- Acanthosis nigricans refers to black spots of skin on the back of your neck or other locations.
What else contributes to acne?
PCOS is simply one of numerous acne risk factors.
Acne is caused by:
- surplus oil production
- bacteria (Propionibacterium acnes)
- dead skin cells caught deep in your pores.
- hormone overactivity
Acne can also be caused by:
Certain drugs, such as corticosteroids, might cause stress hormonal changes, such as during pregnancy.
Certain behaviors can also raise your chances of getting acne. This includes the following:
- not cleansing your face on a regular basis.
- drinking insufficient water
- using comedogenic skin care products or makeup
What are the available therapy options?
To treat acne, over-the-counter (OTC) acne treatments often contain benzoyl peroxide, salicylic acid, and sulfur. Although these chemicals can help with minor breakouts, they are typically insufficient to treat hormonal acne.
The only method to clear PCOS-related acne is to address the underlying hormonal imbalance. Consult your doctor or a dermatologist if you suspect your acne is caused by PCOS. They may prescribe one or more of the drugs listed below.
Although there is no cure for PCOS, there are numerous therapeutic options for controlling the syndrome’s varied symptoms. The remedies employed are determined by a woman’s priorities and symptoms. For example, being at a healthy weight might lead to symptom improvement, thus lifestyle changes such as nutrition and exercise may be beneficial. Hirsutism can be treated with electrolysis or laser hair removal. To increase menstruation regularity, some individuals may take birth control pills. Metformin, a common diabetes medication, can help increase the body’s reaction to insulin.
Treatment is personalized to each individual and is dependent on whether the pregnancy is a short-term objective. Certain drugs, such as spironolactone and retinoids for acne, should be avoided by women who are attempting to conceive.
Hormonal acne is occasionally treated with oral contraceptives (birth control tablets). However, not any birth control pill will suffice. The only birth control pills that will help stabilize your hormone levels throughout your entire menstrual cycle are combination tablets. They often contain ethinyl estradiol as well as one or more of the following:
- progestin norgestimate
- norethindrone acetate
However, birth control tablets are not for everyone. You should not take the tablet if you are over the age of 35 or if you have a history of:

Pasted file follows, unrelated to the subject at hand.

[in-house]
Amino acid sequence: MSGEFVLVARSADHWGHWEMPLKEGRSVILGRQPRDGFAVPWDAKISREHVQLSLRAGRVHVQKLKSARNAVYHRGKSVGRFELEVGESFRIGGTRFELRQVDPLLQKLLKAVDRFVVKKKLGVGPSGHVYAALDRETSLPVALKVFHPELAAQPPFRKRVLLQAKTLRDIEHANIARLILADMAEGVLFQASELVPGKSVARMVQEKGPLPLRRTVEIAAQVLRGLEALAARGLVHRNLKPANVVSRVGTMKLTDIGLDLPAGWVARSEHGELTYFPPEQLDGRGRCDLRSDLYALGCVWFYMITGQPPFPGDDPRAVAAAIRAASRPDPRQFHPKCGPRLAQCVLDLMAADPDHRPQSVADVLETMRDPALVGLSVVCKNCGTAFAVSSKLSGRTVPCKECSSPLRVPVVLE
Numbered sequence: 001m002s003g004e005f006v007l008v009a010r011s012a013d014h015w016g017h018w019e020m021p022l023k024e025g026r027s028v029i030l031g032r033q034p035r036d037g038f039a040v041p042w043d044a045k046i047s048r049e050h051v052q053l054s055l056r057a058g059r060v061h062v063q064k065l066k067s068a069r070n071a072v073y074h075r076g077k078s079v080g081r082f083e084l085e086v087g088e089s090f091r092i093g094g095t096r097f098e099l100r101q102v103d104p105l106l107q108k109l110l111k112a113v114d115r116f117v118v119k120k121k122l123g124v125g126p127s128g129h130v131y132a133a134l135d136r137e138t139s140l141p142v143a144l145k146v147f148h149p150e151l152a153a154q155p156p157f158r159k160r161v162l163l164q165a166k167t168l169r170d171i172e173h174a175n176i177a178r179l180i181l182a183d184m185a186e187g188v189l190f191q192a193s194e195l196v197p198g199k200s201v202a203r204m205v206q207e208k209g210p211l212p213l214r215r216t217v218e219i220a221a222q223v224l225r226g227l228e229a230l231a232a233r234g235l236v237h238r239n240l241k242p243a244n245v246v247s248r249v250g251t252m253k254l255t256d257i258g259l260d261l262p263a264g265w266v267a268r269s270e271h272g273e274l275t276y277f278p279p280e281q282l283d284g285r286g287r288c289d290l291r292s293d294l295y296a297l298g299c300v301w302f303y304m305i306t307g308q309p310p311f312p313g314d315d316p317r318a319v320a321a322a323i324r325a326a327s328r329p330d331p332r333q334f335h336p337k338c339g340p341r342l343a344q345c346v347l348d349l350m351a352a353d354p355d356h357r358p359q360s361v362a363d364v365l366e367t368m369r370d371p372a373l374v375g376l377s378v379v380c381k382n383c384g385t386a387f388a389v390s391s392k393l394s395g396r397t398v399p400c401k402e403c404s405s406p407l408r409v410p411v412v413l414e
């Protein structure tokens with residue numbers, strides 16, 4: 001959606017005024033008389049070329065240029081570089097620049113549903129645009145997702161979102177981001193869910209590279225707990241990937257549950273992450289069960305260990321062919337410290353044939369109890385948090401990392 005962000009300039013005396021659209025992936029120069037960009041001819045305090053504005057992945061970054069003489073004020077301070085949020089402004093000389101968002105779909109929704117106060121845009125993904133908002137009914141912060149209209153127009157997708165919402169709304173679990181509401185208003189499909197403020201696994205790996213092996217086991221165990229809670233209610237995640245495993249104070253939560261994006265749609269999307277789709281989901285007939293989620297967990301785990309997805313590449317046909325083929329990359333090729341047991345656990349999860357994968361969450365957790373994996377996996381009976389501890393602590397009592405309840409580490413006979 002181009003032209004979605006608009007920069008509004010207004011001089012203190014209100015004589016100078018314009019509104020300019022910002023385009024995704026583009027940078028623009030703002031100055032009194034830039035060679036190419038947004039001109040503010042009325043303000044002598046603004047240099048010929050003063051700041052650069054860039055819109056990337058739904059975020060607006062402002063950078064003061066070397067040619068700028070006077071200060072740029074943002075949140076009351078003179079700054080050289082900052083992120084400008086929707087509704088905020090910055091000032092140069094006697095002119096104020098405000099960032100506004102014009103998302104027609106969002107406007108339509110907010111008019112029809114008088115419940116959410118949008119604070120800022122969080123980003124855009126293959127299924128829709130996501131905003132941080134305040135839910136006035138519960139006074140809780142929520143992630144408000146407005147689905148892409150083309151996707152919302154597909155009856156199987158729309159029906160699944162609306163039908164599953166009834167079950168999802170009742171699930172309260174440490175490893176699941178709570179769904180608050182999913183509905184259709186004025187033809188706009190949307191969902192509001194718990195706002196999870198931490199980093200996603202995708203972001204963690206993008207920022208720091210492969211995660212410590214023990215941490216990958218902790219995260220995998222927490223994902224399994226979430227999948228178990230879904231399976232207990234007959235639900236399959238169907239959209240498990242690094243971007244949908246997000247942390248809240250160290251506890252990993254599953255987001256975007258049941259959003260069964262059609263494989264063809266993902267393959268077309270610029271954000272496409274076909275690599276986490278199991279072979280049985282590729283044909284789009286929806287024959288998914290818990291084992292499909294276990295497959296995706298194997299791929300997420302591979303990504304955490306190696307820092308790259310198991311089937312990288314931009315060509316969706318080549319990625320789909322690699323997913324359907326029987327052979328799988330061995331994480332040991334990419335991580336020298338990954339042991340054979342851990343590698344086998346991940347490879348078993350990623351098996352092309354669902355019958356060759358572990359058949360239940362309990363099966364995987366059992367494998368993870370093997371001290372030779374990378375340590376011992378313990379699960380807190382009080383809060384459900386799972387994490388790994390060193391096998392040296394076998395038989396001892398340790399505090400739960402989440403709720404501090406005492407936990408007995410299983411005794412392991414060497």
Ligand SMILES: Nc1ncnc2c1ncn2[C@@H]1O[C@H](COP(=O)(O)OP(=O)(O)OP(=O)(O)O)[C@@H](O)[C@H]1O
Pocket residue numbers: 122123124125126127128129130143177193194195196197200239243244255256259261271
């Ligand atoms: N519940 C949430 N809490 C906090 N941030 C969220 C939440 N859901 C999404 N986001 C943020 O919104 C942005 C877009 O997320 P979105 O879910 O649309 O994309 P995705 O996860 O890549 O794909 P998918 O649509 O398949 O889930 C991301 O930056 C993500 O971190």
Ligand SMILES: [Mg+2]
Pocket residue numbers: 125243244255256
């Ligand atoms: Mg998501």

- blood clots
- breast cancer
- high blood pressure (hypertension)
Anti-androgen medicines are prescribed medications that reduce testosterone levels.
Although androgens are regarded as male hormones, they are also found in women. The difference is that women have less. PCOS and other hormonal diseases can cause an excess of testosterone in the body. This can cause acne by increasing sebum and skin cell proliferation. Because not everyone who suffers from hormonal acne has high androgen levels, your doctor will obtain a blood sample to test your levels.
OTC retinoids have typically been used to reduce the appearance of wrinkles and level out skin tone. Some acne formulas are also used; however, these are often oriented toward teenagers.
If you have PCOS-related acne, avoid over-the-counter retinoids, and instead consult your physician about prescription-strength choices. They can be consumed orally or administered topically as a cream or gel. The most used retinoid isotretinoin (Accutane) is taken orally.
Because retinoids make your skin very susceptible to UV radiation, it is critical to wear sunscreen liberally throughout the day.
How can you tell if you have PCOS?
Because there is no one test that can be used to identify PCOS, a complete workup that includes lab tests and imaging is required. Typically, lab tests entail assessing the amounts of various hormones, such as androgens. Ultrasound of the ovaries is one type of imaging test. Seeking treatment from an experienced team, which may include primary care physicians, gynecologists, endocrinologists, and dermatologists, can help to establish the diagnosis.